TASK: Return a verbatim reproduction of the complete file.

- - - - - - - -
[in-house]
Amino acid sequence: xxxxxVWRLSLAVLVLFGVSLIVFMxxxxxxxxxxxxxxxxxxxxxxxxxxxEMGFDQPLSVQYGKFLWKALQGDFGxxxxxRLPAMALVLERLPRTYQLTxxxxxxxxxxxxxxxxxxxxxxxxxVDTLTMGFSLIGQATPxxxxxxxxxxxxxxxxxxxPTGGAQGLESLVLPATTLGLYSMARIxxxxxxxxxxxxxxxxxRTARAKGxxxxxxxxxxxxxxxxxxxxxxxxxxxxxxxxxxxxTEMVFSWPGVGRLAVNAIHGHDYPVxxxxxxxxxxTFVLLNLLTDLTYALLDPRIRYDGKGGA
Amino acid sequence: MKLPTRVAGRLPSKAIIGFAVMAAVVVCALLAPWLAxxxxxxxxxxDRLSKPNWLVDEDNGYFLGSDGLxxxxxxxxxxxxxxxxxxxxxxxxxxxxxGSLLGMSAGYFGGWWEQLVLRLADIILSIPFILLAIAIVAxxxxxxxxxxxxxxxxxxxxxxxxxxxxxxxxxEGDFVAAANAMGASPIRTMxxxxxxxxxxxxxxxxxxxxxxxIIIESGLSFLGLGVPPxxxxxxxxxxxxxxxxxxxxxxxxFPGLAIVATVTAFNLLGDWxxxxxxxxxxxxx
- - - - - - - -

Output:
[in-house]
Amino acid sequence: xxxxxVWRLSLAVLVLFGVSLIVFMxxxxxxxxxxxxxxxxxxxxxxxxxxxEMGFDQPLSVQYGKFLWKALQGDFGxxxxxRLPAMALVLERLPRTYQLTxxxxxxxxxxxxxxxxxxxxxxxxxVDTLTMGFSLIGQATPxxxxxxxxxxxxxxxxxxxPTGGAQGLESLVLPATTLGLYSMARIxxxxxxxxxxxxxxxxxRTARAKGxxxxxxxxxxxxxxxxxxxxxxxxxxxxxxxxxxxxTEMVFSWPGVGRLAVNAIHGHDYPVxxxxxxxxxxTFVLLNLLTDLTYALLDPRIRYDGKGGA
Amino acid sequence: MKLPTRVAGRLPSKAIIGFAVMAAVVVCALLAPWLAxxxxxxxxxxDRLSKPNWLVDEDNGYFLGSDGLxxxxxxxxxxxxxxxxxxxxxxxxxxxxxGSLLGMSAGYFGGWWEQLVLRLADIILSIPFILLAIAIVAxxxxxxxxxxxxxxxxxxxxxxxxxxxxxxxxxEGDFVAAANAMGASPIRTMxxxxxxxxxxxxxxxxxxxxxxxIIIESGLSFLGLGVPPxxxxxxxxxxxxxxxxxxxxxxxxFPGLAIVATVTAFNLLGDWxxxxxxxxxxxxx